I like Magit, the GNU Emacs package for Git
As part of slowly improving my GNU Emacs environment, I recently decided to experiment with magit, a very well regarded Emacs package for working with Git. I'm not attempting to adopt it as my primary interface to Git (I'm not a 'do everything from inside Emacs' person); instead, I have relatively specific situations where I was hoping magit would be the best way to work with Git. Although I haven't used it extensively yet, I can definitely say that Magit has been great in the areas where I was hoping that it would be.
For me, the big Magit feature and selling point is selectively
adding things to the Git index (that is, staging them before
committing them). Ordinary command line Git has '
git add -p', but
this is a relatively awkward interface that I have had blow up in
my face before. Magit offers a very powerful interface for selectively
staging changes; you can easily stage not just individual chunks
of the diff but even individual lines and collections of them. This
is a very powerful way of straightening out a tangle of changes
into logical changesets, even if they don't come out in separate
Part of why Magit makes this relatively easy is that it gives you
a good live display of the staged and unstaged diffs as you are
working away. This means you get immediate feedback if something
looks wrong (or incomplete), and you can also reverse a decision
right away. With '
git add -p' I found that I didn't really get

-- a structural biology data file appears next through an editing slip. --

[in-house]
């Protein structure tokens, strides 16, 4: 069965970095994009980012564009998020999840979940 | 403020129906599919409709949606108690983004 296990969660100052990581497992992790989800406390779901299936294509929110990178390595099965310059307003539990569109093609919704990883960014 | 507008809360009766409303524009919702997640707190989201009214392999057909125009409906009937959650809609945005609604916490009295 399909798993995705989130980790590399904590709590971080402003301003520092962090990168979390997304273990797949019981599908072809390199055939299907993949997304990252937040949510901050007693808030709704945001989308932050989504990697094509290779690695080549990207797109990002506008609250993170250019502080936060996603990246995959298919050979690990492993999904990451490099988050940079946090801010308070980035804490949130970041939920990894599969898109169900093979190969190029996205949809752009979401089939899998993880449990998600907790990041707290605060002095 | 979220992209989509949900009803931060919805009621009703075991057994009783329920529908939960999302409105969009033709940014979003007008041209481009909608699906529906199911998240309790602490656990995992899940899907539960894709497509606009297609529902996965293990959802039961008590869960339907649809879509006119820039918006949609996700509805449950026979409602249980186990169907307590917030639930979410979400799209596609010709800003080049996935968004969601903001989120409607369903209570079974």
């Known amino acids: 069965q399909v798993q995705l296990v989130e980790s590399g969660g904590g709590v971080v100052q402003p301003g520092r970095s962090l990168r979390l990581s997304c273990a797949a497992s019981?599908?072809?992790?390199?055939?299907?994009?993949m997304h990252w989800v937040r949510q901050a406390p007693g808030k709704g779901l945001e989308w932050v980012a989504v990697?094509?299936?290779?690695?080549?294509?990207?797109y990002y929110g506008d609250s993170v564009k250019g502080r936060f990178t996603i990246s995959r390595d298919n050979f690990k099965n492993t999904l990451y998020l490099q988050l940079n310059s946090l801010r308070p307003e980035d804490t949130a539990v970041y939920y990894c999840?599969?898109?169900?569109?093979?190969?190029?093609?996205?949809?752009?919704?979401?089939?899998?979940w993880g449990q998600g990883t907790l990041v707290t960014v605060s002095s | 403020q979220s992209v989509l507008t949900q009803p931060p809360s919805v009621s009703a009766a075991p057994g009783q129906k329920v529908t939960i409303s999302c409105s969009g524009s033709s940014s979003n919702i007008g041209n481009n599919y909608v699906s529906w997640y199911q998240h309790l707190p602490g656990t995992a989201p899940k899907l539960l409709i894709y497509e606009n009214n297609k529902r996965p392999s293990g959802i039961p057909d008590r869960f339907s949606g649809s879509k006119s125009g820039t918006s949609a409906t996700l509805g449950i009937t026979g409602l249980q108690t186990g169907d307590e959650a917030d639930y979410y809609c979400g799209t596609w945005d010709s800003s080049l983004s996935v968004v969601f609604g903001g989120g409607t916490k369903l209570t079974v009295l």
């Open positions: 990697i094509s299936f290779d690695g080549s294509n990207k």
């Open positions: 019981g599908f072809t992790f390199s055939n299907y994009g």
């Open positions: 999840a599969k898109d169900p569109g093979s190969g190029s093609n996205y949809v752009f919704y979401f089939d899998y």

this, since it's pretty much a linear process through all the chunks
of diffs. In fact being non-linear is another advantage of Magit
here; you can see the full set of diffs and skip around it to spot
bits that you want to commit first.
Magit also has a relatively nice interface for just making commits. You get an Emacs buffer to edit the commit message (with standard general Emacs features like spell checking) and it shows you the staged diff that will be committed at the same time, which is handy. I can pretty much get all of this at the command line with multiple windows, but if I'm already in Emacs for editing files I often might as well commit from Emacs as well.
I have much less exposure to other Magit features, at least some of which I'm not terribly interested in (at least right now, I may change my mind later). How you invoke Magit commands initially struck me as a bit weird and confusing, but I'm getting used to it with time. People who regularly use Magit will likely find it completely natural.
So, in summary: Magit rocks for selectively staging changes, so much so that I think it's worth turning to GNU Emacs with Magit for this if you need it, even if you regularly edit in something else. If you regularly use GNU Emacs anyways I think the other parts of Magit are useful enough to learn at least the basics of looking at diffs and making straightforward commits.
(Although I spend a lot of time in vi, GNU Emacs remains my favorite editor for working on code in most languages for reasons beyond the scope of this entry.)